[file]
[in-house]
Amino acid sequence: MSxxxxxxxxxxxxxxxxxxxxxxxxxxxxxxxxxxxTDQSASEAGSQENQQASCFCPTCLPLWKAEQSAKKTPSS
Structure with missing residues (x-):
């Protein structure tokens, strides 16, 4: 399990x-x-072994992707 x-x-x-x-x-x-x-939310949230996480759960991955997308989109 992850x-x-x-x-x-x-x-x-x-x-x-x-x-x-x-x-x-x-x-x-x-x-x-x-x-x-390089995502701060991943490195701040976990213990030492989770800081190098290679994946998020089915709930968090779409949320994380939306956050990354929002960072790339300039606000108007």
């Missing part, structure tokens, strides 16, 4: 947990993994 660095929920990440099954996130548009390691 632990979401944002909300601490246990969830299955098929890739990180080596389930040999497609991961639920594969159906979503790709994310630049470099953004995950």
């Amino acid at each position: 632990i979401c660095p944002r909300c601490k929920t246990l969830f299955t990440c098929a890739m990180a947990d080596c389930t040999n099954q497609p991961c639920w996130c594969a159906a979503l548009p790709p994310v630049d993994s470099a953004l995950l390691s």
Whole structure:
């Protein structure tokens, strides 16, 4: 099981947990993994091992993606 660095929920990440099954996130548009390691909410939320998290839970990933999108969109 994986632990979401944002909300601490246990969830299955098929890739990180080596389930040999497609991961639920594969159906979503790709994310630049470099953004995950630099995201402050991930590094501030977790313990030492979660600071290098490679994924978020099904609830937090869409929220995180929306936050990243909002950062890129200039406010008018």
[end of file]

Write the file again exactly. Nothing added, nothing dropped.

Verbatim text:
[in-house]
Amino acid sequence: MSxxxxxxxxxxxxxxxxxxxxxxxxxxxxxxxxxxxTDQSASEAGSQENQQASCFCPTCLPLWKAEQSAKKTPSS
Structure with missing residues (x-):
């Protein structure tokens, strides 16, 4: 399990x-x-072994992707 x-x-x-x-x-x-x-939310949230996480759960991955997308989109 992850x-x-x-x-x-x-x-x-x-x-x-x-x-x-x-x-x-x-x-x-x-x-x-x-x-x-390089995502701060991943490195701040976990213990030492989770800081190098290679994946998020089915709930968090779409949320994380939306956050990354929002960072790339300039606000108007």
């Missing part, structure tokens, strides 16, 4: 947990993994 660095929920990440099954996130548009390691 632990979401944002909300601490246990969830299955098929890739990180080596389930040999497609991961639920594969159906979503790709994310630049470099953004995950």
């Amino acid at each position: 632990i979401c660095p944002r909300c601490k929920t246990l969830f299955t990440c098929a890739m990180a947990d080596c389930t040999n099954q497609p991961c639920w996130c594969a159906a979503l548009p790709p994310v630049d993994s470099a953004l995950l390691s």
Whole structure:
């Protein structure tokens, strides 16, 4: 099981947990993994091992993606 660095929920990440099954996130548009390691909410939320998290839970990933999108969109 994986632990979401944002909300601490246990969830299955098929890739990180080596389930040999497609991961639920594969159906979503790709994310630049470099953004995950630099995201402050991930590094501030977790313990030492979660600071290098490679994924978020099904609830937090869409929220995180929306936050990243909002950062890129200039406010008018």